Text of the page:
· minced into a dip made from sour cream (or yogurt), mayonnaise, and optionally some finely minced fresh parsleyDrying dill
Don't think you'll get to using it while it is fresh? It is very easy to dry! Spread some cheesecloth or a thin cotton flour-sack towel (or paper towels, I suppose, would work too) over a metal rack which is sitting on a cookie sheet. Pinch or cut fronds from thicker stems and spread fronds out on cloth as evenly as possible. If you have an old gas oven like I do with a pilot, you can just put this into the oven (prop the door ajar an inch or two) and leave for overnight or even up to 24 hrs or so... depends on how much dill you're drying. Check on it occasionally, and when it is dry, crumble it into a jar, close the lid and keep in your spice cabinet! If you don't have an oven with a pilot, preheat it to the lowest setting then turn off heat and place pan in oven. I've also read that you can dehydrate herbs in a microwave, but haven't tried this myself.Kale Chips
The Lacinato kale is excellent for making kale chips, otherwise known as Crispy Kale. Here is my 'recipe' for making them:Crispy Kale
you haven't tried this yet, I recommend you do! They're a terrific
snack or appetizer. Kids will love these too if they love crispy, salty
chips (potato chips, corn chips etc). I originally learned about this
(via a member) from Michael Pollan's book, 'The Omnivore's Dilemma', but
added my own technique. In the original recipe, it says to spray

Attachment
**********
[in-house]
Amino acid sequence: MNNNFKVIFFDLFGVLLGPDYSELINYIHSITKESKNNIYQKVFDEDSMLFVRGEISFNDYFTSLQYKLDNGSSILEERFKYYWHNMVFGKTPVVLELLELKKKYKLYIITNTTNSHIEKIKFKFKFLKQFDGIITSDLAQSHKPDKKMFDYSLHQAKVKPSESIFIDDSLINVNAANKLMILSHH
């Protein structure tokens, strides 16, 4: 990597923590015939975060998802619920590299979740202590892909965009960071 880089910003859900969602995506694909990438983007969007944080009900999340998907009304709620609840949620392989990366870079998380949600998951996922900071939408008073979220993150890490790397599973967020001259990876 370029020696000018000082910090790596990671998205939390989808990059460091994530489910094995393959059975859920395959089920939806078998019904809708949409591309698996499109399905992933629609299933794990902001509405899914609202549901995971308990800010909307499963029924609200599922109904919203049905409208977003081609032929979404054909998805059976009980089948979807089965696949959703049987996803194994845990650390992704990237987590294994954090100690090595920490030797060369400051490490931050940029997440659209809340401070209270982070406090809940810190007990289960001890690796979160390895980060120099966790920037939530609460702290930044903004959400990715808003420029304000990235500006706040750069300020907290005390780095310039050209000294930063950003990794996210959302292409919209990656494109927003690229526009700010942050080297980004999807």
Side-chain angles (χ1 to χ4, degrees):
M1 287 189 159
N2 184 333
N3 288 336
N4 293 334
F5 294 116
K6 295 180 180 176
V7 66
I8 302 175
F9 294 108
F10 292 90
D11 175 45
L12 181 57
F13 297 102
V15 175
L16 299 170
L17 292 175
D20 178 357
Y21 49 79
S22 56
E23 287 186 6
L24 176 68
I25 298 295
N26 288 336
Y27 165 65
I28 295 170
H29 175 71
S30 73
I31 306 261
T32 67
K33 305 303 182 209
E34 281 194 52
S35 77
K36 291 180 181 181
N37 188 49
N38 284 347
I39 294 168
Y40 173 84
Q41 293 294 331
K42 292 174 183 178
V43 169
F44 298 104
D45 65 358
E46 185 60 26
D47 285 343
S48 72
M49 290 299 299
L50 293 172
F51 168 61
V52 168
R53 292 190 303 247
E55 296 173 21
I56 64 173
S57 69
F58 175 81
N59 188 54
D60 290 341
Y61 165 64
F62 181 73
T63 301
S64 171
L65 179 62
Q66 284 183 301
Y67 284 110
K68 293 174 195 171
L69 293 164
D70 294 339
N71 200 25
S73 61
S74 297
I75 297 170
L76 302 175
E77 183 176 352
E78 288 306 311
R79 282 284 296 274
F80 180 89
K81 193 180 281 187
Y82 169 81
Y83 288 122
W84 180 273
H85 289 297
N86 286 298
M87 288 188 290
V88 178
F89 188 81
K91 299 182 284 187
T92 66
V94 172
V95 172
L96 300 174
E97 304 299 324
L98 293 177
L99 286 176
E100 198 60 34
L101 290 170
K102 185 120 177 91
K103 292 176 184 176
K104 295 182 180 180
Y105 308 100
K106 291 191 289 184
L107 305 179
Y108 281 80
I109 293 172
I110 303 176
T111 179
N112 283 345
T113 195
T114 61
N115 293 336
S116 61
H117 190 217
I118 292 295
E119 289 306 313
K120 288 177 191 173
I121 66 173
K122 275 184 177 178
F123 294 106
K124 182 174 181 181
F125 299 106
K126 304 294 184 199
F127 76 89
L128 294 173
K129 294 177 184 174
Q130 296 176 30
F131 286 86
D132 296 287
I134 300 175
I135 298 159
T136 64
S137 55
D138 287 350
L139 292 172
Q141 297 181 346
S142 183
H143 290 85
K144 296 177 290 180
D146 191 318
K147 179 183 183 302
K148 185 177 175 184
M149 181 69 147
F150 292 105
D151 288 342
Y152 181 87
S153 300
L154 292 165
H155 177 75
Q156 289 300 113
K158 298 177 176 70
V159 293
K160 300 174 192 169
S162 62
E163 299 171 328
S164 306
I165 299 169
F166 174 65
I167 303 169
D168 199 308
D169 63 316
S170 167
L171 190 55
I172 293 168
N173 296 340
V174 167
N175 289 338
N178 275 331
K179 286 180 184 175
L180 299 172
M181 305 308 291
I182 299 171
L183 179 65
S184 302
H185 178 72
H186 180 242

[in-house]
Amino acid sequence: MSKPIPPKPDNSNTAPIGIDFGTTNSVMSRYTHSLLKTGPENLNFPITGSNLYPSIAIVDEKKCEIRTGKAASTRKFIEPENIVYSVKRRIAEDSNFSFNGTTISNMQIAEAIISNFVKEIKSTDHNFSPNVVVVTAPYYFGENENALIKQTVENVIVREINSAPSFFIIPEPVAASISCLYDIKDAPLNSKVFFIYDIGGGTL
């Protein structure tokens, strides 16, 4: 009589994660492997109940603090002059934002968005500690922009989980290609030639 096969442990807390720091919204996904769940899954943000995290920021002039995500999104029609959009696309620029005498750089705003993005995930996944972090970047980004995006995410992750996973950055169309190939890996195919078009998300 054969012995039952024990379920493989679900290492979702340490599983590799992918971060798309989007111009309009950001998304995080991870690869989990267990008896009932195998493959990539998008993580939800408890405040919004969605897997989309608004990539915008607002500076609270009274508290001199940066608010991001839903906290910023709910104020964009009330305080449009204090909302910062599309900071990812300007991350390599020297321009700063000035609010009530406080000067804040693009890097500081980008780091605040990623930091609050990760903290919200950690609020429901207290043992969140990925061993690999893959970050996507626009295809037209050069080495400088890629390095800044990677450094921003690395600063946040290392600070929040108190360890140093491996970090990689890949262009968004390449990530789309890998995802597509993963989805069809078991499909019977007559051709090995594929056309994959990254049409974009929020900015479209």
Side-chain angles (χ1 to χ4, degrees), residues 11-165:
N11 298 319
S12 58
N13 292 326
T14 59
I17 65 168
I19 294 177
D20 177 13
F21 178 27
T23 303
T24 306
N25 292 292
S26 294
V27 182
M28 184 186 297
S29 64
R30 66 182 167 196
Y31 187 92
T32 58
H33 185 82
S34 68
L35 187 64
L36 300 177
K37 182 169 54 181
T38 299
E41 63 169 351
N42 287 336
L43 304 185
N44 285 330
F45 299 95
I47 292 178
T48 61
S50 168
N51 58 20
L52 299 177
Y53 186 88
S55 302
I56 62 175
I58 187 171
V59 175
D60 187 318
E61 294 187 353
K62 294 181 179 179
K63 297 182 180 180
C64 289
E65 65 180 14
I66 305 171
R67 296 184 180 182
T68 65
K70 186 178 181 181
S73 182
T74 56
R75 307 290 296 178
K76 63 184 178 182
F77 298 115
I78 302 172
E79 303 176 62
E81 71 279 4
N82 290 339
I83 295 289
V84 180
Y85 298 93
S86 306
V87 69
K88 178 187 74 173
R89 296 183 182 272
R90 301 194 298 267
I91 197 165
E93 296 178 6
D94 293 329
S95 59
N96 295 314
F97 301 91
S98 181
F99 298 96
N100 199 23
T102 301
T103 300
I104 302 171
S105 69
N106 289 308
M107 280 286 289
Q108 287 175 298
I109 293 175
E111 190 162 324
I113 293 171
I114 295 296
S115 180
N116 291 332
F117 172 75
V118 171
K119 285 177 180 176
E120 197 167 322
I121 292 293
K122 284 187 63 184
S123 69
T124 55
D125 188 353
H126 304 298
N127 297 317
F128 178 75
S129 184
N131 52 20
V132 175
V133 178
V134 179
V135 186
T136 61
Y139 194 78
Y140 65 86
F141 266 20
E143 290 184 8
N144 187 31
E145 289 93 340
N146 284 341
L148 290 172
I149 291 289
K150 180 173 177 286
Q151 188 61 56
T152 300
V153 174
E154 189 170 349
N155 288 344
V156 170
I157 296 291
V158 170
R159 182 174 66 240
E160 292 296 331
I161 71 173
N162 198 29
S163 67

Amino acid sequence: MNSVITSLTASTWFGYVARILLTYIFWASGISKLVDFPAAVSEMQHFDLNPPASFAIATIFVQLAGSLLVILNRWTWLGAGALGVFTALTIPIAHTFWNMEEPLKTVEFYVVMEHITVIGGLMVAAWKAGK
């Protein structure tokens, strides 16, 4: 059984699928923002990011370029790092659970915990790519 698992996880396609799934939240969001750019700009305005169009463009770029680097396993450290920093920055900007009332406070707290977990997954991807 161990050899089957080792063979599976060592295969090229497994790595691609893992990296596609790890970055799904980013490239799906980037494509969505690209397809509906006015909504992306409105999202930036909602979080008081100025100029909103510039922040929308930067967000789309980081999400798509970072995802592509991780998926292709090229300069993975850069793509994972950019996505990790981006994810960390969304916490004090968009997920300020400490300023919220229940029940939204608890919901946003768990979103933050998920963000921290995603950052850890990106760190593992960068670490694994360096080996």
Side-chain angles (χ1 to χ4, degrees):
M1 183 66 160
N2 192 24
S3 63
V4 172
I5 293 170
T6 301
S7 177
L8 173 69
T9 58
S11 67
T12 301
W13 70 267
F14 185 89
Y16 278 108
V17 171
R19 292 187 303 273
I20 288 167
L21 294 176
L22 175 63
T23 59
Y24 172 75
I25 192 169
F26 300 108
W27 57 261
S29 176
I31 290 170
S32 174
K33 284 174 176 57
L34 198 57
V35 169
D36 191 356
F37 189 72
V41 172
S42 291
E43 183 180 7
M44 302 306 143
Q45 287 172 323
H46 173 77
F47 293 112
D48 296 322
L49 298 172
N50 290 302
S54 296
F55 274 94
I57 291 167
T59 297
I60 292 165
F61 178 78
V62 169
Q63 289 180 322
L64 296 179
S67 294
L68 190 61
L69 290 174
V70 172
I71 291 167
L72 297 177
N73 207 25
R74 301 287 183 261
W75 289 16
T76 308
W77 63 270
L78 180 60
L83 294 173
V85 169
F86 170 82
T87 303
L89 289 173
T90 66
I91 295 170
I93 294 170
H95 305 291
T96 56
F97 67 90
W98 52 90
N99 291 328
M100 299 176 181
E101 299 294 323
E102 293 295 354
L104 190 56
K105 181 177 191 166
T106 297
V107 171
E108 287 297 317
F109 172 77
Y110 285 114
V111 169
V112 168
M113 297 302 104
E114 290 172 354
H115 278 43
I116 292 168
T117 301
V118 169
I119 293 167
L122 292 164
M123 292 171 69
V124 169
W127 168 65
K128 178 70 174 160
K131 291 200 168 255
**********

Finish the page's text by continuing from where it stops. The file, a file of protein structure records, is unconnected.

the kale leaves with a misto-type olive oil sprayer. Well, I don't have
one of those, but what I came up with works really well: pour a little
olive oil into the palm of your hand (wash hands first of course) then
rub your hands together, then massage the leaves with your oily hands.
This gives them a nice light coating of oil. Then spread them out on an
ungreased baking sheet, sprinkle with salt, and bake in a 400 degree
oven for 9 minutes (as the original recipe states 'being watchful so
they don't char). Note: this 'being watchful' part is important - they're thin, and can burn quickly! Another thing I do is cut out the thick stem (before
cooking), and use just the leaves. Try to get the leaves in more-or-less
a single layer on the baking sheet; you can crowd them a little, that's
fine, but don't layer them on top of one another.
on a plate (cut them in pieces if
you like with a kitchen scissors) and watch them disappear. Once you start noshing on them it
is really hard to stop!
I almost forgot the sugar-snap peas! How about this fun recipe I found in my clippings file for:Caesar Potato Salad with Sugar Snap Peas
from an un-dated Bon Appetit clipping
serves 6 to 8
1 1/2 lbs unpeeled assorted fingerling potatoes or baby potatoes, cut crosswise into 1/2-inch slices
8 oz [or thereabouts] trimmed sugar snap peas
1 bunch radishes, trimmed and sliced
1/2 small red onion, thinly sliced
1/4 C olive oil
3 tbsp. fresh lemon juice
1 tbsp. Dijon mustard
1 garlic clove, pressed
1/2 C freshly grated Parmesan cheese